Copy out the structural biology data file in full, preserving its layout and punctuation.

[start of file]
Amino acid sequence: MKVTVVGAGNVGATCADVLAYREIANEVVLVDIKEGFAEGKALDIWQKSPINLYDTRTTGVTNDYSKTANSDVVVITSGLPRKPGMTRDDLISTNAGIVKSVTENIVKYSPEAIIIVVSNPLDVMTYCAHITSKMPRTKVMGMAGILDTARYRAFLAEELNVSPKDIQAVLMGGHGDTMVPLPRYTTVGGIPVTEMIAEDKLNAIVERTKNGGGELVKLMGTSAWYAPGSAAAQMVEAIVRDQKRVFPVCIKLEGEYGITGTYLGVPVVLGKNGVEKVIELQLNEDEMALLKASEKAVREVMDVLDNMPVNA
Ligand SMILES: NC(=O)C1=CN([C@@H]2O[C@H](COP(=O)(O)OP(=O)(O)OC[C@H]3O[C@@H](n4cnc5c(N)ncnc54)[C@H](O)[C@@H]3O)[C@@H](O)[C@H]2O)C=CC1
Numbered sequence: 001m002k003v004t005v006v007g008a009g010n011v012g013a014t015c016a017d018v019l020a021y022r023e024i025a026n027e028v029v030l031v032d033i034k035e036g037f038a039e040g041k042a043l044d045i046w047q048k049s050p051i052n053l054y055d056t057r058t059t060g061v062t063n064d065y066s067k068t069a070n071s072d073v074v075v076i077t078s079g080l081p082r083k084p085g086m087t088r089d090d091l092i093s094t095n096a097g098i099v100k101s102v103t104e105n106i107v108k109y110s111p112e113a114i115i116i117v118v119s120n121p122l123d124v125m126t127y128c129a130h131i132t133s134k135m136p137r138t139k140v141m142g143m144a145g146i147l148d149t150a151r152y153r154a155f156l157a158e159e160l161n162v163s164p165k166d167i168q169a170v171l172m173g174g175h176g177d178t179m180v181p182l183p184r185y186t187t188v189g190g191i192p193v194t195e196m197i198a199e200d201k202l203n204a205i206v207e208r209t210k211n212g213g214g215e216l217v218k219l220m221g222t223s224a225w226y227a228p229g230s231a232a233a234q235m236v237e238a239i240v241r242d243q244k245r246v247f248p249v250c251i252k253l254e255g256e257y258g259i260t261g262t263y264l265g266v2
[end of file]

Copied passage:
Amino acid sequence: MKVTVVGAGNVGATCADVLAYREIANEVVLVDIKEGFAEGKALDIWQKSPINLYDTRTTGVTNDYSKTANSDVVVITSGLPRKPGMTRDDLISTNAGIVKSVTENIVKYSPEAIIIVVSNPLDVMTYCAHITSKMPRTKVMGMAGILDTARYRAFLAEELNVSPKDIQAVLMGGHGDTMVPLPRYTTVGGIPVTEMIAEDKLNAIVERTKNGGGELVKLMGTSAWYAPGSAAAQMVEAIVRDQKRVFPVCIKLEGEYGITGTYLGVPVVLGKNGVEKVIELQLNEDEMALLKASEKAVREVMDVLDNMPVNA
Ligand SMILES: NC(=O)C1=CN([C@@H]2O[C@H](COP(=O)(O)OP(=O)(O)OC[C@H]3O[C@@H](n4cnc5c(N)ncnc54)[C@H](O)[C@@H]3O)[C@@H](O)[C@H]2O)C=CC1
Numbered sequence: 001m002k003v004t005v006v007g008a009g010n011v012g013a014t015c016a017d018v019l020a021y022r023e024i025a026n027e028v029v030l031v032d033i034k035e036g037f038a039e040g041k042a043l044d045i046w047q048k049s050p051i052n053l054y055d056t057r058t059t060g061v062t063n064d065y066s067k068t069a070n071s072d073v074v075v076i077t078s079g080l081p082r083k084p085g086m087t088r089d090d091l092i093s094t095n096a097g098i099v100k101s102v103t104e105n106i107v108k109y110s111p112e113a114i115i116i117v118v119s120n121p122l123d124v125m126t127y128c129a130h131i132t133s134k135m136p137r138t139k140v141m142g143m144a145g146i147l148d149t150a151r152y153r154a155f156l157a158e159e160l161n162v163s164p165k166d167i168q169a170v171l172m173g174g175h176g177d178t179m180v181p182l183p184r185y186t187t188v189g190g191i192p193v194t195e196m197i198a199e200d201k202l203n204a205i206v207e208r209t210k211n212g213g214g215e216l217v218k219l220m221g222t223s224a225w226y227a228p229g230s231a232a233a234q235m236v237e238a239i240v241r242d243q244k245r246v247f248p249v250c251i252k253l254e255g256e257y258g259i260t261g262t263y264l265g266v2